Crisis Prevention and Resolution: Lessons from This Previous Crises

Crisis prevention and resolution:
Lessons from this & previous crises
Patrick Honohan
Trinity College Dublin
LACEA-LAMES Meetings, Rio de Janeiro
23rd November 2008
Big losses in this crisis are due to long-standing issues
(especially incentive effects, moral hazard)
but activated by (banker and regulator) overconfidence
in the new formal risk management techniques
Now there’s revulsion:
no confidence in anyone’s risk models;
little interbank lending and trading in complex securities
and belief that counterparties may unknowingly be insolvent
The overconfidence was widely shared
Winner of Euromoney magazine’s “Global Best Risk Management
House” award for excellence in 2005
Northern Rock
Winner of International Financing Review’s prestigious “Financial
Institution Group Borrower of the Year” award for 2006
Regulators shared the same rose-tinted spectacles –
indeed Basel 2 implies that they buy into bank and/or
rating agency models
And then…
Interbank and riskfree rates (3-month) (LIBOR-OIS)
Dec 2005-Nov 2008
rate (2.15)
policy rate”
(OIS) (0.48)
Source: Bloomberg
Interbank and riskfree rates (3-month) (LIBOR-OIS)
Dec 2005-Nov 2008
rate (2.15)
This should have been the trigger
for intervention
policy rate”
(OIS) (0.48)
Source: Bloomberg
The standard prescription for containment &
Have legal powers enabling & requiring regulators to:
Intervene in undercapitalized banks,
requiring them to increase capital and to desist from unsafe
practices, and if necessary
take control of a failing bank and arrange for a sale, liquidation
or financial restructuring with the use of public funds.
Limited deposit insurance to insulate small depositors
from anxiety and loss.
Liquidity provision to stabilize monetary conditions,
including LOLR, but only for solvent but illiquid banks.
Legal powers: even UK & US were not ready
Northern Rock
EU state aid law; bank insolvency procedures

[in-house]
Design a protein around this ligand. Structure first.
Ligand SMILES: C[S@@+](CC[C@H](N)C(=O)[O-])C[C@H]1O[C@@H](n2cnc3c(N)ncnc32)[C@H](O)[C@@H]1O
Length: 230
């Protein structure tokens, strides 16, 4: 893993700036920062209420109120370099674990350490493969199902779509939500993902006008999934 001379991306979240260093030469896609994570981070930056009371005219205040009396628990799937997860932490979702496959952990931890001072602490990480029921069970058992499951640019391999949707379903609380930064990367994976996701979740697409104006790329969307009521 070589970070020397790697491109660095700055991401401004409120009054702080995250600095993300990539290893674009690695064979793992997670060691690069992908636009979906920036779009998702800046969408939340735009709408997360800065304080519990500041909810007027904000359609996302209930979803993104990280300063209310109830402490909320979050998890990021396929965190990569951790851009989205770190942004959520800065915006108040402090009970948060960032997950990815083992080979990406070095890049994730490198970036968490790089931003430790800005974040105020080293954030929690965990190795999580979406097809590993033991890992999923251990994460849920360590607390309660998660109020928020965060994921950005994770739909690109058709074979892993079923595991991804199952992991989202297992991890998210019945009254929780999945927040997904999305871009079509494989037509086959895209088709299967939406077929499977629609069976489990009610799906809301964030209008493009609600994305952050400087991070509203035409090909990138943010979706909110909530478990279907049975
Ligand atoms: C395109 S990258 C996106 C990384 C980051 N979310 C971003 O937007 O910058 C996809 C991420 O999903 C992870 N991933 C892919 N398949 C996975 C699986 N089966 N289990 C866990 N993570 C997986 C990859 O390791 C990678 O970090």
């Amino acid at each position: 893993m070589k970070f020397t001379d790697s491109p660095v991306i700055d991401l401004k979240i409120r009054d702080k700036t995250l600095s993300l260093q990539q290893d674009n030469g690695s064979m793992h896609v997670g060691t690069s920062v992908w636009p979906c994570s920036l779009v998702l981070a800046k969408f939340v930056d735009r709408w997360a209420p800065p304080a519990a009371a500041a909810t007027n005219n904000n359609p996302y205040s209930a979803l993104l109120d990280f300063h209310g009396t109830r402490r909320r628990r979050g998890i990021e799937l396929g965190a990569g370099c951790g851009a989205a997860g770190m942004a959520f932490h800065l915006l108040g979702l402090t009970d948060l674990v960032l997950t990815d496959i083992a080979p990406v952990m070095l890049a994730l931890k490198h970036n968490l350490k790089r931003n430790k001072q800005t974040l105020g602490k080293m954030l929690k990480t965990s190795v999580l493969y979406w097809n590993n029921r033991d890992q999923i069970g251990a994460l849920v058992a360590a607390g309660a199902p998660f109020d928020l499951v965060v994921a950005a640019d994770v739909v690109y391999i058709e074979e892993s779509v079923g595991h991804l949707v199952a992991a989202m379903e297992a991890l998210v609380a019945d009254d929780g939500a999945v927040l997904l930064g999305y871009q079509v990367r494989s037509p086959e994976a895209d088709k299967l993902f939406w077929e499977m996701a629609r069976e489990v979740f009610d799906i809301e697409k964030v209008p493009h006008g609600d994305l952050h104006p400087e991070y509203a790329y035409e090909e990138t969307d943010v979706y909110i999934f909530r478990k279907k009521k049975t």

Lehman Bros
Briefings suggest that it was legal limitations that
ultimately forced the bankruptcy
Deposit insurance – did not play a
constructive role
Supposedly, deposit insurance is there to:
“Prevent contagious runs, ensuring market stability, and
protecting the assets and peace of mind of retail
In reality it may do no more than buy political acceptability
for a strict liquidation. Can only have a limited role when
it’s the wholesale funders that run.
Deposit insurance – did not play a
constructive role
Northern Rock
Co-insurance rule (first £2K covered in full, 90% of next £33K)
encouraged run by all but the smallest; made rescue politically
Indymac bank
Even covered depositors ran despite prompt payment record of
Cross-border issues unresolved:
Irish annoy neighbours by extending blanket guarantee…
…But only for Irish-controlled banks, disturbing level playing field
(and leaving banks on life-support)
Iceland fiasco: Branch in UK not subsid, and home authorities
could not afford to meet the insured liabilities.
Liquidity policy: central banks retain
independence but fail to control rates
Big expansion: Innovated in instruments, maturity, counterparties but
maintained “high” collateral standard (esp. ECB tightened in
Mostly stayed out of explicit rescue actions (exceptions: NR; Bear
Stearns; AIG)
Thus, unlike past crises, CBs are not obviously in the front line for
losses, though quality of their collateral may deteriorate.
And their operational independence and inflation-targeting not yet
However, they have been unable to control market interest rates with